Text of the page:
Ill. school board approves prior review policy for student newspaper

ILLINOIS — After three months of review, the Harrisburg, board approved a prior review policy that gives Harrisburg High SchoolPrincipal Karen Crank authority to review the student newspaper, the PurpleClarion, 48 hours before publication.

Harrisburg Community Unit #3 Board of Education member Judy Cape said thereis not much change from the past policy and that she does not believe this iscensorship.

Hazelwood defines the standard of censorship for high schoolnewspapers,” Cape said. “It is my intent and expectation as a board member thatthe paper will be reviewed within those standards. These students still haveFirst Amendment rights under Hazelwood.”

Under Hazelwood School District v. Kuhlmeier, high schooladministrators can censor many school-sponsored student publications if they canshow they have a legitimate educational reason for doing so.

In addition to prior review, the new policy requires writers to sign alleditorials and opinion articles. Purple Clarion adviser Cathy Wallvoiced displeasure with the policy changes at the school board meeting and saidthat she does not agree with the idea of prior review of content by anadministrator.

“Instead of teaching them (the students) to think freely and independently — to watch their government with a critical eye and speak out whensomething is amiss — we are teaching them to accept the role of governmentcensorship because the principal is a government employee,” Wall said in ane-mail.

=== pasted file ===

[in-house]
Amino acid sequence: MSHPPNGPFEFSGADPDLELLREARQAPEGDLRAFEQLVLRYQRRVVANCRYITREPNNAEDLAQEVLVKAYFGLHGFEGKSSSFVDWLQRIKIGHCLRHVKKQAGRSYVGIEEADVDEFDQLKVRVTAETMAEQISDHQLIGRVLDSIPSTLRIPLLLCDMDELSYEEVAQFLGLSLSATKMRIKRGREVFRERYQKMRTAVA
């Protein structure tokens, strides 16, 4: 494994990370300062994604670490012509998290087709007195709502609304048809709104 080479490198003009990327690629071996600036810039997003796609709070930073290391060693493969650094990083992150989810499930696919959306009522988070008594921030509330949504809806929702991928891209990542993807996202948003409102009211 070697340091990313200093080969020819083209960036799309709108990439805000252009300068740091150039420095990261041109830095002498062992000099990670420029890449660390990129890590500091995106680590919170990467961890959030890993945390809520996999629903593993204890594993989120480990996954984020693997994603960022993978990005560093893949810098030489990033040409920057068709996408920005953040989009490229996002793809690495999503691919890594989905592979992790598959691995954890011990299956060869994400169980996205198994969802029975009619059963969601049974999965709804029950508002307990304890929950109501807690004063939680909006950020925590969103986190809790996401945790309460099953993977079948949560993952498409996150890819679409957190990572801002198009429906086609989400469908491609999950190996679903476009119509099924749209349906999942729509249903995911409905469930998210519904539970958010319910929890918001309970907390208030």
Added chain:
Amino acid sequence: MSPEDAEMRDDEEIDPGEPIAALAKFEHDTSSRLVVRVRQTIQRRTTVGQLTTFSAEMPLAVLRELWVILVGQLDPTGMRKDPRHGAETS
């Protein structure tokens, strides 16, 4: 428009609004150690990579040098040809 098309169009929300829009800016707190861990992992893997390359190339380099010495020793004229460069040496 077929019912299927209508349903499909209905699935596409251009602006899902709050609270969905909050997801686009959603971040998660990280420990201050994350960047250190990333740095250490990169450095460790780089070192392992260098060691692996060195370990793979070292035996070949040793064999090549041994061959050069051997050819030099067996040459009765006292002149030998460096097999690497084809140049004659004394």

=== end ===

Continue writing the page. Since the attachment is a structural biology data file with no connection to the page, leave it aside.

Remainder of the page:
Wall said that although she spoke with Crank about censorship, she is stillconcerned about the issues related to prior review of the publication.

“And while our principal has told me she has no interest in censorship, wethink the new policy creates a scenario where student expression can be censoredif someone perceives it as interfering with the school’s educational mission,”Wall said.

Sally Turner, executive director of the Illinois Journalism EducationAssociation, addressed the school board at the meeting last month and urged theschool board to reconsider the policy changes.

“What you are suggesting at this time is inappropriate, and changing thestructure of the class would set a dangerous precedent for other teachers inother subjects,” Turner said at the meeting. She compared the situation withthe journalism class and journalism students to that of an art class.

“You don’t question an award-winning art teacher or ask to review everypiece of art that leaves the classroom,” she said.

Cape said that the school board was advised by legal counsel that theschool district is legally responsible for the content of the newspaper, and thedecision to impose prior review was meant to “assure that someone in a positionof authority within the district looks at the paper within the parameters ofHazelwood.”

Talks of revamping the policy began last December when the school boardissued a directive asking writers to use courtesy titles in opinion andeditorial content after the Purple Clarion published an opinion articlecriticizing Crank.

Wall said during the school board meeting that as the adviser, she iscapable of reviewing the paper for legal issues. She believes there are “toomany inconsistencies in the logic used to justify this policy,” but plans torestructure next school year’s production cycle to accommodate the 48-hour priorreview requirement.

For More Information:

  • Ill. school board imposes directive for student newspaper to use courtesy titles in stories News Flash, 1/28/2008